Horned grebes in winter typically have an entirely white throat and chest that contrasts sharply with the dark gray sides, upperparts, and especially the sides and back of the neck. The bright white front is obvious and is usually visible at great distances, especially when the bird is facing you.
Horned grebes have relatively straight, short, fairly thin bills. If you are close enough to see the yellow tip, then you are looking at a horned grebe, because the bill is entirely dark on eared grebes.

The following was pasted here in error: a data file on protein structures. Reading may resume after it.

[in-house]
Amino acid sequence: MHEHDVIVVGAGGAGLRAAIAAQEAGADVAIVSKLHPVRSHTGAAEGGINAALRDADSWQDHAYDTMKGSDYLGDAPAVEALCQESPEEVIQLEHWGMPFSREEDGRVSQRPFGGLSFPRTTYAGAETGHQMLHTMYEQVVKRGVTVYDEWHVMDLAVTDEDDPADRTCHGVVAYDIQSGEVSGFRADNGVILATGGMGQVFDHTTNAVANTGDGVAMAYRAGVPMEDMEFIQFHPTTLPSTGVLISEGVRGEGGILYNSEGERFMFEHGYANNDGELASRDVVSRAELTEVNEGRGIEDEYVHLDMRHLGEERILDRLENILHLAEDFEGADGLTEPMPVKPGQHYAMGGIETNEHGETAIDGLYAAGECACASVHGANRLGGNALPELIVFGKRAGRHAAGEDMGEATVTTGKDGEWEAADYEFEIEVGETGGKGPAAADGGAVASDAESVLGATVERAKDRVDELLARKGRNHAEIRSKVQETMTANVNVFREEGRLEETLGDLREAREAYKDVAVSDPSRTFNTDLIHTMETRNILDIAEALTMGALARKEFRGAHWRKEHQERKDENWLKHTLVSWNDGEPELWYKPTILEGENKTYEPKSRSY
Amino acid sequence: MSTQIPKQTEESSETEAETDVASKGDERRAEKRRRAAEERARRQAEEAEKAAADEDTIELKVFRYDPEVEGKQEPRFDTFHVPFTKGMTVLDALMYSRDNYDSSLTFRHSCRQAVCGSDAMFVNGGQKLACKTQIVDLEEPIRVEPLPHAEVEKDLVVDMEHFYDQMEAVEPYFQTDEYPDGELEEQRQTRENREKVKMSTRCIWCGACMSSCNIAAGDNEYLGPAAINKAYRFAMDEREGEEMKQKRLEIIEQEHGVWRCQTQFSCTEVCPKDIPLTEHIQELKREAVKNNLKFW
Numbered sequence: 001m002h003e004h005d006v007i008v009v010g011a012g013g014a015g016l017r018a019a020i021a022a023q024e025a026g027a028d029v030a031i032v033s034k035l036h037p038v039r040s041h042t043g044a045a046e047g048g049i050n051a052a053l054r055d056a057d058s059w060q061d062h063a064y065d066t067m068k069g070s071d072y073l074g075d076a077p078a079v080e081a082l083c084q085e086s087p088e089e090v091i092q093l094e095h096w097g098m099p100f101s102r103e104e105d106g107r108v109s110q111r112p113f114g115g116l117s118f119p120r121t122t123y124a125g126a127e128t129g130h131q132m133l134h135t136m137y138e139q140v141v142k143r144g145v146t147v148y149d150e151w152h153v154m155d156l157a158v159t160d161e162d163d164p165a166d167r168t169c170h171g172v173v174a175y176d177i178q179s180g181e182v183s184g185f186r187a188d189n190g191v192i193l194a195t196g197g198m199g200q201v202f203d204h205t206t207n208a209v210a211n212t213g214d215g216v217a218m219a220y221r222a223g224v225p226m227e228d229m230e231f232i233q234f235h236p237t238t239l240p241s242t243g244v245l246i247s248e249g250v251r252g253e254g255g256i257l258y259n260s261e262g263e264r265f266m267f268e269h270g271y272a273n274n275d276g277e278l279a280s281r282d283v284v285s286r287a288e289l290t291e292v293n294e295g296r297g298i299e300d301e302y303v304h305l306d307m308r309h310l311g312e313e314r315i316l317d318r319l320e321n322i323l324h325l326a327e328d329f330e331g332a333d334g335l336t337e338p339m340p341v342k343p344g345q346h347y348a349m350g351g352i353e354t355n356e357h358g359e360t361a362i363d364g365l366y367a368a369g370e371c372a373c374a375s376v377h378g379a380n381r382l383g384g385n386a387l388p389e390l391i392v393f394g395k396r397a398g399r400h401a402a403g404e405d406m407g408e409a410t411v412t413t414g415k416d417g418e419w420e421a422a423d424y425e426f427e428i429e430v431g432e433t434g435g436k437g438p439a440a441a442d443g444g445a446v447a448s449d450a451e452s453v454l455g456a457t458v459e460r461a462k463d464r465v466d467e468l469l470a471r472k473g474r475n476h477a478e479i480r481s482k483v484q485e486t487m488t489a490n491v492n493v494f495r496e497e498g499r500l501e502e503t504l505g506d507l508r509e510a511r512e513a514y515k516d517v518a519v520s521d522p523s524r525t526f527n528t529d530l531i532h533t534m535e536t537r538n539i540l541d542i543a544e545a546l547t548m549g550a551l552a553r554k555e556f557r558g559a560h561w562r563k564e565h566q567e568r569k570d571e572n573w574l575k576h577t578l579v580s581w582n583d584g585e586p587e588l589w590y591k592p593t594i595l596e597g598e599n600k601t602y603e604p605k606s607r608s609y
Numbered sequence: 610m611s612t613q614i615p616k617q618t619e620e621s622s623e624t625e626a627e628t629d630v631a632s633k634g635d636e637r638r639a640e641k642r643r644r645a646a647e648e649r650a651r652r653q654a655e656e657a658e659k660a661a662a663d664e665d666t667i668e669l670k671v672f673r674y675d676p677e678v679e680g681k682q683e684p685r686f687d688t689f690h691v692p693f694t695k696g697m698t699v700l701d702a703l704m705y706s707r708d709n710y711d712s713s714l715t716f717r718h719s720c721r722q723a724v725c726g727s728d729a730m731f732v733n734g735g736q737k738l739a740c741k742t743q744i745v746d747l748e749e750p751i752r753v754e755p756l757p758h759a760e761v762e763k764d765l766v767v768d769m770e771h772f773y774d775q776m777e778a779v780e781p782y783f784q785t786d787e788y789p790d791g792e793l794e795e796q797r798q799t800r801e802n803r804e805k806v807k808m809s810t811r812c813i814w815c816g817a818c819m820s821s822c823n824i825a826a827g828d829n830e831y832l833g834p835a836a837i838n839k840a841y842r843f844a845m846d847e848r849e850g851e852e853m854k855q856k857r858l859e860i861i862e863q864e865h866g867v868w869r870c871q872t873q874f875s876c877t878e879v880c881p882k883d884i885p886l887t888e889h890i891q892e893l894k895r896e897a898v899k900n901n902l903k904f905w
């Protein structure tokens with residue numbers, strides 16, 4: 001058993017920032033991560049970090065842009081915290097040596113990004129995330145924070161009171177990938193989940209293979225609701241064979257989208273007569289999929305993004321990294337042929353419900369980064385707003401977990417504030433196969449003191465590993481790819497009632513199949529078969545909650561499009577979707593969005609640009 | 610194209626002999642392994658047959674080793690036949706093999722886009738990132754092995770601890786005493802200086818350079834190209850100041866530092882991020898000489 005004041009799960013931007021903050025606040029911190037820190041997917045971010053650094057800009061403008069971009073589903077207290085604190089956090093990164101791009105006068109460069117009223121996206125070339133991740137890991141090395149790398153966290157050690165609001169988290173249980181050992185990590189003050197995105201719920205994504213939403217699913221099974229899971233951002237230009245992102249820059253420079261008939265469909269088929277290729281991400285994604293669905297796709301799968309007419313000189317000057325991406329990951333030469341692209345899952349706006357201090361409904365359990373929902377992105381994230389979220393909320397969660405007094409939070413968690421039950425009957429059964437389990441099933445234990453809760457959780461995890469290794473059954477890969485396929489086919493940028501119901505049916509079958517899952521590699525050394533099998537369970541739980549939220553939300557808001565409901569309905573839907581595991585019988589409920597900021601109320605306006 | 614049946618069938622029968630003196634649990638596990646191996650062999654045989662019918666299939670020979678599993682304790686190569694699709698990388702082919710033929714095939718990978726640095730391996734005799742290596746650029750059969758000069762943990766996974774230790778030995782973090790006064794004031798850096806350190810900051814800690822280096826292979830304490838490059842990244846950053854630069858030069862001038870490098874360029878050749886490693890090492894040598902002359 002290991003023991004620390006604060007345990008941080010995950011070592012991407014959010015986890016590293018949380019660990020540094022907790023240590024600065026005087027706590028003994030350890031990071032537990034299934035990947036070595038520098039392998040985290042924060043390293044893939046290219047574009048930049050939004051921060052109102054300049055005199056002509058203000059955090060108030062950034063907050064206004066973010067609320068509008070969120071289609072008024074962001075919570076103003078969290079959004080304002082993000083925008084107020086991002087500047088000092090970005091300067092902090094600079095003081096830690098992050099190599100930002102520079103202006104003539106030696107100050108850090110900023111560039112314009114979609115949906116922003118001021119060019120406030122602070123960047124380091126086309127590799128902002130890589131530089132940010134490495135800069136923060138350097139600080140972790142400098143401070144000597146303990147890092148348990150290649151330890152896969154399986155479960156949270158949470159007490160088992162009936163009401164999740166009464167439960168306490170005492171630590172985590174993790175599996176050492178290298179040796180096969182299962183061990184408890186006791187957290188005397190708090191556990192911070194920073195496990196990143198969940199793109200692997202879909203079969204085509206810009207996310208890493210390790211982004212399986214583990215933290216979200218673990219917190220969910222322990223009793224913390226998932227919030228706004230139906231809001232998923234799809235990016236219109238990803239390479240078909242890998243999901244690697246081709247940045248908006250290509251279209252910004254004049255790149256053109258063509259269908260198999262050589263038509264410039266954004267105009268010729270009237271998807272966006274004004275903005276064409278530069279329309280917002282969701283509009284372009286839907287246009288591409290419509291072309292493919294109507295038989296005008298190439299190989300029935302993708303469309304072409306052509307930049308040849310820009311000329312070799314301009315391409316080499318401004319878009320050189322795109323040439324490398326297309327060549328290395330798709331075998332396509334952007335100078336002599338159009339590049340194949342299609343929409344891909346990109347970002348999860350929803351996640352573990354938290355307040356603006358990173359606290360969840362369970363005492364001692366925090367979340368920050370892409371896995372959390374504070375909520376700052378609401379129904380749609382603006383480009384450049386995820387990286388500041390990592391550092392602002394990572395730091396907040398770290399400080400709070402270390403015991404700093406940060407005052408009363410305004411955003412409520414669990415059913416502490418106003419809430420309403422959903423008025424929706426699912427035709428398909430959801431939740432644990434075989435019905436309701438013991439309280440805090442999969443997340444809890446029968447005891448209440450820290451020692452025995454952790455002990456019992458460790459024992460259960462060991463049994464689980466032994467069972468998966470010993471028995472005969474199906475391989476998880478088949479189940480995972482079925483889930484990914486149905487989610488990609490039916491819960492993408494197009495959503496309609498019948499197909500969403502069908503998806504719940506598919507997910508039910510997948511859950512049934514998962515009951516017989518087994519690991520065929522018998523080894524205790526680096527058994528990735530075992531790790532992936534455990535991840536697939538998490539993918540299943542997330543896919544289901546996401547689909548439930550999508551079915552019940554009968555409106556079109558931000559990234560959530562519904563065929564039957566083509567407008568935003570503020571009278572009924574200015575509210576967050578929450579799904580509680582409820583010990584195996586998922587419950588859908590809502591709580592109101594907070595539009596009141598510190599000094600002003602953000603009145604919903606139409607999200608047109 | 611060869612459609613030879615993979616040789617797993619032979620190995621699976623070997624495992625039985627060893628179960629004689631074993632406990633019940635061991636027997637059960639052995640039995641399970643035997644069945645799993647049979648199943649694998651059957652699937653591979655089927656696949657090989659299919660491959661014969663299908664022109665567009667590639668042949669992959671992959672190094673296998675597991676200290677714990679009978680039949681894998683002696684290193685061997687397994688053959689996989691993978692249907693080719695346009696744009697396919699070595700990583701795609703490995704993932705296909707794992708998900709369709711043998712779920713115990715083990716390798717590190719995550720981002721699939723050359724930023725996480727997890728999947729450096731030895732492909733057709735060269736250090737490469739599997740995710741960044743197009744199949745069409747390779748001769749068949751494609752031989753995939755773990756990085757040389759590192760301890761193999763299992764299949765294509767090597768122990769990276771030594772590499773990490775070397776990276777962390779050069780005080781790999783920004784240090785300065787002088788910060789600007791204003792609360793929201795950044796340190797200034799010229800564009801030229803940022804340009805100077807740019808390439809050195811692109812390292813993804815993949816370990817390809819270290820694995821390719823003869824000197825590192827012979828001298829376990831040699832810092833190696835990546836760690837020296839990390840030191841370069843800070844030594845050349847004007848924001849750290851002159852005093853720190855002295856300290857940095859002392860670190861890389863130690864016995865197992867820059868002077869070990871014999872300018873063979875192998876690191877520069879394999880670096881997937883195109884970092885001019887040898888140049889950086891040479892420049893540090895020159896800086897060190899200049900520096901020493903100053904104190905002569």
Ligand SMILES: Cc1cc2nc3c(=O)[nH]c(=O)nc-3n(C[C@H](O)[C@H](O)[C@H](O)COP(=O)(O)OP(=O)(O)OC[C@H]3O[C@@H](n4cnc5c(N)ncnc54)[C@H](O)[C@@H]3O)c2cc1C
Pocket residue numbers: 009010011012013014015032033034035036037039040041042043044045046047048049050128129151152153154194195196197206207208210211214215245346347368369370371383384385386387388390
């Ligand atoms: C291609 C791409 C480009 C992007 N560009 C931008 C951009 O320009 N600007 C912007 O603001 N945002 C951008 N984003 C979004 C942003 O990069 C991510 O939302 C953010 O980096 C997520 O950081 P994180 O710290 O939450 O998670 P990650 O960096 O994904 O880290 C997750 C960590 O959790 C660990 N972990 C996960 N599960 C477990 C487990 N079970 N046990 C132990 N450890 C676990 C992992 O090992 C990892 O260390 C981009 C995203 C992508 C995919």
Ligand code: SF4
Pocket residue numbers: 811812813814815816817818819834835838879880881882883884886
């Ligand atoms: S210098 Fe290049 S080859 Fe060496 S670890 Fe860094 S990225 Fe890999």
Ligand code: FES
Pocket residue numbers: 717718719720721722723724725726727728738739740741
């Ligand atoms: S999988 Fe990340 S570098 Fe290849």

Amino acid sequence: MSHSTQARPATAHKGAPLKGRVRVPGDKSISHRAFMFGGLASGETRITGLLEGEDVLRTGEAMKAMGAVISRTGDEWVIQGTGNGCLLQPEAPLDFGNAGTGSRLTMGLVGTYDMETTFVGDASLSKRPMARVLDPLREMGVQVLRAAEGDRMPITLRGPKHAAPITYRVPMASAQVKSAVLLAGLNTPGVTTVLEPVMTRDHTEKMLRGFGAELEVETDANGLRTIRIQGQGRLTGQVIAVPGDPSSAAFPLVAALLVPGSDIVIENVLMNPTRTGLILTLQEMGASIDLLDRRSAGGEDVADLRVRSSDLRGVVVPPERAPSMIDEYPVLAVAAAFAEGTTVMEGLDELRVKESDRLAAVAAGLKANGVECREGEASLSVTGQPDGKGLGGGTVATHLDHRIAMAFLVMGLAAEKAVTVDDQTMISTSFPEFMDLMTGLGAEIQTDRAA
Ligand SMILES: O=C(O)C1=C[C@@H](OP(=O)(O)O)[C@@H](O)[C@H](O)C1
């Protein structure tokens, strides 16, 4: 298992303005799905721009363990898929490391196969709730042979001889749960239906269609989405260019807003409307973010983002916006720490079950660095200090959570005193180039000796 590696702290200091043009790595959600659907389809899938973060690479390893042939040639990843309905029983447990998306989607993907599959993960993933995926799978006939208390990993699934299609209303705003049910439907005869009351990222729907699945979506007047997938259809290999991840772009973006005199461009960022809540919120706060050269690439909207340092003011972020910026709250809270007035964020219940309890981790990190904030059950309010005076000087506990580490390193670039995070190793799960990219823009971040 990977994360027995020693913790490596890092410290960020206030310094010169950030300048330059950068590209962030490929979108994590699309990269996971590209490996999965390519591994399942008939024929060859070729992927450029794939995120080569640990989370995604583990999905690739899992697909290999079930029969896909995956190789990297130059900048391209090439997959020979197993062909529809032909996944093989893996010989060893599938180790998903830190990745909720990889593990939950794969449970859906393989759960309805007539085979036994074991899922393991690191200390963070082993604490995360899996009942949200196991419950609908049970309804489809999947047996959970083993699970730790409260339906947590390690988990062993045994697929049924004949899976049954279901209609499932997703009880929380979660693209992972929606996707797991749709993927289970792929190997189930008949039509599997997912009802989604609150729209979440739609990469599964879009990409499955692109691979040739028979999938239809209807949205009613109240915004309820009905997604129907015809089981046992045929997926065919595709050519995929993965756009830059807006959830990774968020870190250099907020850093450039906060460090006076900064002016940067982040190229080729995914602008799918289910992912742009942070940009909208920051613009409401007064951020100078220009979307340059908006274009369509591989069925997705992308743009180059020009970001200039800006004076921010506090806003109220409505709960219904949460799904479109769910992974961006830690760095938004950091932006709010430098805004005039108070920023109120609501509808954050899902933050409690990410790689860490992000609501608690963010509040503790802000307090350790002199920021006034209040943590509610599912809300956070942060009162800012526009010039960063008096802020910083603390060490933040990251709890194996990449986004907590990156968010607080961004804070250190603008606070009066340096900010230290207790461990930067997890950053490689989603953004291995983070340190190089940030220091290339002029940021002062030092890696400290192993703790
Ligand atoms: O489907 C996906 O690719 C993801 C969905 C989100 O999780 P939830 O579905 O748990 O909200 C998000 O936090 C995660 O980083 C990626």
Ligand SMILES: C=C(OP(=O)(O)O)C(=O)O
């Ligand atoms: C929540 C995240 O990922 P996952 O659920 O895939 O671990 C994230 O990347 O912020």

The blackish crown on horned grebes ends at the eye and contrasts sharply with the white of the lower face. Another character is the white spot between the eye and the base of the bill on winter-plumaged horned grebes. This area (the lores) is white on most birds, and if it is, the bird is definitely a horned.
Horned grebes in summer plumage sport reddish necks and yellow “horns”on black heads. They are birds of the North, nesting on northern lakes and marshes and wintering on coastal bays or large lakes.
The call is trilling, with rising and falling notes, and has been described as squeaky and nasal. The common call in summer is a whining, nasal way-urrr or ja-orrr, descending and repeated. In winter, sometimes high, thin notes are heard.